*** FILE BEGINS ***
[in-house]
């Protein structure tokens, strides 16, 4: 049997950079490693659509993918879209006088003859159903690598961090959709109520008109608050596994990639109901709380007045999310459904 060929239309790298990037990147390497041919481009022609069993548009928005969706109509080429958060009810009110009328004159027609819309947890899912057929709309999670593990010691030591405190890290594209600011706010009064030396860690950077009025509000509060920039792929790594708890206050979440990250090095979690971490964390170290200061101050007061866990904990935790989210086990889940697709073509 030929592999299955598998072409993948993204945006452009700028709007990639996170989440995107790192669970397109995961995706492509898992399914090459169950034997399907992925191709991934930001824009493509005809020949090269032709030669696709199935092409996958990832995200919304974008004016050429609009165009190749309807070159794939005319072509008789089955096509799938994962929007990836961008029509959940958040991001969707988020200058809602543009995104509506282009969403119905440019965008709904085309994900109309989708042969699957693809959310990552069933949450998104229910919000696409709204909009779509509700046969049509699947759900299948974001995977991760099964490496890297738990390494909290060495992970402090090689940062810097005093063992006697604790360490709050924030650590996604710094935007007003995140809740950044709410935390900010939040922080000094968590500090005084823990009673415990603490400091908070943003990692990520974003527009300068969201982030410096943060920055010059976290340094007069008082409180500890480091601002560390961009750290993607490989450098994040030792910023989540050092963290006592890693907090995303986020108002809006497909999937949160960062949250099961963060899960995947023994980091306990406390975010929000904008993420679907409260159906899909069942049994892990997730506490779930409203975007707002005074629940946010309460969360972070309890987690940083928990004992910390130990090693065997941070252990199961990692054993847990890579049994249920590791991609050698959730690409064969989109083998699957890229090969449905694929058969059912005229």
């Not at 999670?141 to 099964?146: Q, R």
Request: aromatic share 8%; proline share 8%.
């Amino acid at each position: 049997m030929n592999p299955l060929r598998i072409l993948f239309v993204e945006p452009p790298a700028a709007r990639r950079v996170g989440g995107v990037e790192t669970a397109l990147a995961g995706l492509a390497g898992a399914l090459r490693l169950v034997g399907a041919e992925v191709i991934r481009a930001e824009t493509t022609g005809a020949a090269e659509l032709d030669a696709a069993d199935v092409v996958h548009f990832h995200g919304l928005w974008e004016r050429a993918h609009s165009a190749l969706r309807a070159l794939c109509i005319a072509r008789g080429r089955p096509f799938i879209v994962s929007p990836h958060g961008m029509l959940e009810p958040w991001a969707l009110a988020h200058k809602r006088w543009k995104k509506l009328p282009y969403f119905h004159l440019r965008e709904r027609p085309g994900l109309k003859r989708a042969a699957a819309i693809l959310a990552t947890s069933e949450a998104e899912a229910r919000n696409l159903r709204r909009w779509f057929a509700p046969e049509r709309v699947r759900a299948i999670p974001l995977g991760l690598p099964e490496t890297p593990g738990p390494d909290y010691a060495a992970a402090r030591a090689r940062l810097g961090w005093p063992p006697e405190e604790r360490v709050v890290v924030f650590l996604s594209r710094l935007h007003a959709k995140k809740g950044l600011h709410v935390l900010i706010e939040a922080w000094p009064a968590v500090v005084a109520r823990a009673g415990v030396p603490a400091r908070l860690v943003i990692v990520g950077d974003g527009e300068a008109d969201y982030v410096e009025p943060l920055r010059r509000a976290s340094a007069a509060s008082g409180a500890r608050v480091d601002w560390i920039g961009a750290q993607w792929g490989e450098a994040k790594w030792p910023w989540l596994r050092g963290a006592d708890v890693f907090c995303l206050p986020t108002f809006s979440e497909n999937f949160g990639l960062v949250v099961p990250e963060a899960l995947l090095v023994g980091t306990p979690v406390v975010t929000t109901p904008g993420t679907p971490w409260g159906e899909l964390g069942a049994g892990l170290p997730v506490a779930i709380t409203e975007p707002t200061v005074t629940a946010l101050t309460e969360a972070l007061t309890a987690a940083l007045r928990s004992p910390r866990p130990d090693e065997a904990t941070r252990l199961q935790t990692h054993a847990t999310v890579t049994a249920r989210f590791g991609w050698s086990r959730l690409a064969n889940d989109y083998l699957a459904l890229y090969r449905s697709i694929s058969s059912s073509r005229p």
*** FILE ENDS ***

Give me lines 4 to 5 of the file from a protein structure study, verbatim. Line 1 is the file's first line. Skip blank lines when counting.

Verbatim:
Request: aromatic share 8%; proline share 8%.
């Amino acid at each position: 049997m030929n592999p299955l060929r598998i072409l993948f239309v993204e945006p452009p790298a700028a709007r990639r950079v996170g989440g995107v990037e790192t669970a397109l990147a995961g995706l492509a390497g898992a399914l090459r490693l169950v034997g399907a041919e992925v191709i991934r481009a930001e824009t493509t022609g005809a020949a090269e659509l032709d030669a696709a069993d199935v092409v996958h548009f990832h995200g919304l928005w974008e004016r050429a993918h609009s165009a190749l969706r309807a070159l794939c109509i005319a072509r008789g080429r089955p096509f799938i879209v994962s929007p990836h958060g961008m029509l959940e009810p958040w991001a969707l009110a988020h200058k809602r006088w543009k995104k509506l009328p282009y969403f119905h004159l440019r965008e709904r027609p085309g994900l109309k003859r989708a042969a699957a819309i693809l959310a990552t947890s069933e949450a998104e899912a229910r919000n696409l159903r709204r909009w779509f057929a509700p046969e049509r709309v699947r759900a299948i999670p974001l995977g991760l690598p099964e490496t890297p593990g738990p390494d909290y010691a060495a992970a402090r030591a090689r940062l810097g961090w005093p063992p006697e405190e604790r360490v709050v890290v924030f650590l996604s594209r710094l935007h007003a959709k995140k809740g950044l600011h709410v935390l900010i706010e939040a922080w000094p009064a968590v500090v005084a109520r823990a009673g415990v030396p603490a400091r908070l860690v943003i990692v990520g950077d974003g527009e300068a008109d969201y982030v410096e009025p943060l920055r010059r509000a976290s340094a007069a509060s008082g409180a500890r608050v480091d601002w560390i920039g961009a750290q993607w792929g490989e450098a994040k790594w030792p910023w989540l596994r050092g963290a006592d708890v890693f907090c995303l206050p986020t108002f809006s979440e497909n999937f949160g990639l960062v949250v099961p990250e963060a899960l995947l090095v023994g980091t306990p979690v406390v975010t929000t109901p904008g993420t679907p971490w409260g159906e899909l964390g069942a049994g892990l170290p997730v506490a779930i709380t409203e975007p707002t200061v005074t629940a946010l101050t309460e969360a972070l007061t309890a987690a940083l007045r928990s004992p910390r866990p130990d090693e065997a904990t941070r252990l199961q935790t990692h054993a847990t999310v890579t049994a249920r989210f590791g991609w050698s086990r959730l690409a064969n889940d989109y083998l699957a459904l890229y090969r449905s697709i694929s058969s059912s073509r005229p």